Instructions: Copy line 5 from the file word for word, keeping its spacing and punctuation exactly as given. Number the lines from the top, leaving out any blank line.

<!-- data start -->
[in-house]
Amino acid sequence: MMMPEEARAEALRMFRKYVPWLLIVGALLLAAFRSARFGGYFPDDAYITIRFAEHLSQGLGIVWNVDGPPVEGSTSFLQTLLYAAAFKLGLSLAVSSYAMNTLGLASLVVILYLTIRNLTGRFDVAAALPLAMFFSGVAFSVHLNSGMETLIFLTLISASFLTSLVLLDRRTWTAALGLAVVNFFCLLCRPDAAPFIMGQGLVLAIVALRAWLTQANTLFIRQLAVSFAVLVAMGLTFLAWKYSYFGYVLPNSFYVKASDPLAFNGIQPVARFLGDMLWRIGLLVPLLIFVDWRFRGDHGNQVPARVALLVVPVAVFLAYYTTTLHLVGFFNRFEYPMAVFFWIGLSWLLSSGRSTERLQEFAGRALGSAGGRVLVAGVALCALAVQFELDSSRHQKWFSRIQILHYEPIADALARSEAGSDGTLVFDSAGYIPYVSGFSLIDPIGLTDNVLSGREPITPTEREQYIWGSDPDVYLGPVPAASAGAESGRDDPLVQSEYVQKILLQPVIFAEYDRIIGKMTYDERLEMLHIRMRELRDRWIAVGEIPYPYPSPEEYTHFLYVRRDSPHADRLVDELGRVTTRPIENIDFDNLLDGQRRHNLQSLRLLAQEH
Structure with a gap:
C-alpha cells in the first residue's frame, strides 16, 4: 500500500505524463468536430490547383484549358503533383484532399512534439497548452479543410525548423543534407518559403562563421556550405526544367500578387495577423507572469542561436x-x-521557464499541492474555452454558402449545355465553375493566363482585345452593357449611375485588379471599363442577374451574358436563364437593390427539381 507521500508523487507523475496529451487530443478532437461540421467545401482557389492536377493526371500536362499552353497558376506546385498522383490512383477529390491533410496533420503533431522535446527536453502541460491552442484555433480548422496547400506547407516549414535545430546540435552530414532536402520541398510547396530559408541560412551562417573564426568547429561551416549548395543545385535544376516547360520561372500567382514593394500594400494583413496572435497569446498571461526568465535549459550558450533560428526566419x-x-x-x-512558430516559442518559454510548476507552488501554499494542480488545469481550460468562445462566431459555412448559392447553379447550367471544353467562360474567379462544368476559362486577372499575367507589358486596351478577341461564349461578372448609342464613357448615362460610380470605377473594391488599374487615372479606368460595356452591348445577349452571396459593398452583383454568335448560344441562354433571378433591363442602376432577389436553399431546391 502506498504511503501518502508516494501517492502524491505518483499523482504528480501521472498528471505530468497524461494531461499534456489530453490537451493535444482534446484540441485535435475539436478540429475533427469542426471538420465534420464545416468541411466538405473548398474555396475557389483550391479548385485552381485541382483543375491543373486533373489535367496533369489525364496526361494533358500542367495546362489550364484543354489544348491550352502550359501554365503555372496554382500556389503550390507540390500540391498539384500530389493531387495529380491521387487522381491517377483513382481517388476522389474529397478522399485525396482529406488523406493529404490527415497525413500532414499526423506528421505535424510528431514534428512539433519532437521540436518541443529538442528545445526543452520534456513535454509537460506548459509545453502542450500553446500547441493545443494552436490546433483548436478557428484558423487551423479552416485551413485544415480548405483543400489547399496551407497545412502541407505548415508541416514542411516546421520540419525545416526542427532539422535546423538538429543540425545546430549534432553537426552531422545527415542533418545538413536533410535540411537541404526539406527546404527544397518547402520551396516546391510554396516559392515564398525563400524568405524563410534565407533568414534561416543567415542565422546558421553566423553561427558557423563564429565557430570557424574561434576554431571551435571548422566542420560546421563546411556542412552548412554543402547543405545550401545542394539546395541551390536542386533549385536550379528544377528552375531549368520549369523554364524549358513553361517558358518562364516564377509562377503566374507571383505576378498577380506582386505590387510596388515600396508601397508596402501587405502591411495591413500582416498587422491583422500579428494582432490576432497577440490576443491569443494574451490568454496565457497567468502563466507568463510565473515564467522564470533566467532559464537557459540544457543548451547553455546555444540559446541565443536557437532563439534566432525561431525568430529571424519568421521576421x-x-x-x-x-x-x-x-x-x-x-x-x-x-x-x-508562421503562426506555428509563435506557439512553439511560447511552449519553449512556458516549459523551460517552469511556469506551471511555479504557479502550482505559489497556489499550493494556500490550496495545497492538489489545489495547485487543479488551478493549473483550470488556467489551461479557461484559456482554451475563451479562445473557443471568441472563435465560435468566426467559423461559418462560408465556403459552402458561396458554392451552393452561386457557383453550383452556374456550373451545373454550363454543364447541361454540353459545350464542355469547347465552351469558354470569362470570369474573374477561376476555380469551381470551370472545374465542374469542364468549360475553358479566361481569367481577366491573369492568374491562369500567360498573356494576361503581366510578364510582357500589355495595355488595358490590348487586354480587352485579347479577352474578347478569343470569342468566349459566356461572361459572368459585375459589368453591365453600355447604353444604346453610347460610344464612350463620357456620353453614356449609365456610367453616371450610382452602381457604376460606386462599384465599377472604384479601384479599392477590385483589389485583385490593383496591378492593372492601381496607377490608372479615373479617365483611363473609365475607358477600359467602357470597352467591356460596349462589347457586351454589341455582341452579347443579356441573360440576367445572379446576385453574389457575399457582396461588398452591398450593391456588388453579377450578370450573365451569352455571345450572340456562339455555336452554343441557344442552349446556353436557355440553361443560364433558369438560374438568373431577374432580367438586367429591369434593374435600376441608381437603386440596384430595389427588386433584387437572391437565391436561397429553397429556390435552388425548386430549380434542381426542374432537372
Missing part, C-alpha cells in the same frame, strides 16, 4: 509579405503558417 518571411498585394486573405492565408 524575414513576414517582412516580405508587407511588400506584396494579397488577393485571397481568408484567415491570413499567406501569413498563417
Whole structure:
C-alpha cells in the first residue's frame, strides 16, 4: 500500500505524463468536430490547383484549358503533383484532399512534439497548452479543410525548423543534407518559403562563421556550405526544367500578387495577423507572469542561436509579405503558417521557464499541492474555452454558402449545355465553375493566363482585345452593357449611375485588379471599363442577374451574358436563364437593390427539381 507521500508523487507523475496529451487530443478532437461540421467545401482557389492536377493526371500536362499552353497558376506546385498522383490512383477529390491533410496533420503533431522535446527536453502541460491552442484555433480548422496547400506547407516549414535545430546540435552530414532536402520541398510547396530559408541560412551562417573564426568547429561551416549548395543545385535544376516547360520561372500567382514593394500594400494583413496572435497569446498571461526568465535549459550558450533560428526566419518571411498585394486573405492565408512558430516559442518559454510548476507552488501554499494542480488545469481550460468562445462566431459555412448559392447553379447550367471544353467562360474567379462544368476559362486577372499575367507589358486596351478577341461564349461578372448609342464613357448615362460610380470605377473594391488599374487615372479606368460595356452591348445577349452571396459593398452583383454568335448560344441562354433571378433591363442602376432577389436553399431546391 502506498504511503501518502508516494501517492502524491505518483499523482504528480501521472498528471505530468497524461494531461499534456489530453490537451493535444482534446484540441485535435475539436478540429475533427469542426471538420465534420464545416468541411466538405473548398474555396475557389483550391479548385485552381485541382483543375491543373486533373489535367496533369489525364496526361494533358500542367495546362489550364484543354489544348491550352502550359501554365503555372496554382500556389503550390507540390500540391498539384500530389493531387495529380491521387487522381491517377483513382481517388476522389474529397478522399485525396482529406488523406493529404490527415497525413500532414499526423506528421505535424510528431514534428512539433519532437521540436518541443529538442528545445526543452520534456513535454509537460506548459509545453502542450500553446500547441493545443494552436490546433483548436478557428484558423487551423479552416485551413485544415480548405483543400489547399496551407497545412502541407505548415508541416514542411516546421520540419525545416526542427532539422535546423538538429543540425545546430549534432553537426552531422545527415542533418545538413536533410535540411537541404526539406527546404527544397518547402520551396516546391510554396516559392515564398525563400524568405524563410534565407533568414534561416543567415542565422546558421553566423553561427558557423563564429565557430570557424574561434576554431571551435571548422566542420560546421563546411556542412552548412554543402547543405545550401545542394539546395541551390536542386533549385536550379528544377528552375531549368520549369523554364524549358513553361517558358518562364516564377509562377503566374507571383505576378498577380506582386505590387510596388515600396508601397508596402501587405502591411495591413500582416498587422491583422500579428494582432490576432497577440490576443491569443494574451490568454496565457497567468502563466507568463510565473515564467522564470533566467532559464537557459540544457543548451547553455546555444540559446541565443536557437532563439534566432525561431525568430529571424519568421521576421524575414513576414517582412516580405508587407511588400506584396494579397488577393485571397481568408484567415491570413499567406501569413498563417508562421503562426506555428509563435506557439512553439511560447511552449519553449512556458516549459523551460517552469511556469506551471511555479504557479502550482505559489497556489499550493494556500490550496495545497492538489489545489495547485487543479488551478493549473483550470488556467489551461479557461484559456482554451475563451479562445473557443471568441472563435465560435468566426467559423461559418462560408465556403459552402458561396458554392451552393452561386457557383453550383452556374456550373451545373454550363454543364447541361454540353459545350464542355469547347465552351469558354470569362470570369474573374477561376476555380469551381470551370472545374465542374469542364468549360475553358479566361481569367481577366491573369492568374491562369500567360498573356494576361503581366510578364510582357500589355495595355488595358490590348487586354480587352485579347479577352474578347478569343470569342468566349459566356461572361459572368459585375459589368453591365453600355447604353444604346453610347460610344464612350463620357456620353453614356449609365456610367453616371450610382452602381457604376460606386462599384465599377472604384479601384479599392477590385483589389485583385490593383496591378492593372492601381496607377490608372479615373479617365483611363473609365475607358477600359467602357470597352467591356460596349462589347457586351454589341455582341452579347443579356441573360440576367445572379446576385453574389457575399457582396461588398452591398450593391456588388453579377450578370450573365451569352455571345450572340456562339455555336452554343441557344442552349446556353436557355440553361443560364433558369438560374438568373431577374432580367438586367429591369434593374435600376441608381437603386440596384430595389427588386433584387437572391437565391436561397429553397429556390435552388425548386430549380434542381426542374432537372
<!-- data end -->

Missing part, C-alpha cells in the same frame, strides 16, 4: 509579405503558417 518571411498585394486573405492565408 524575414513576414517582412516580405508587407511588400506584396494579397488577393485571397481568408484567415491570413499567406501569413498563417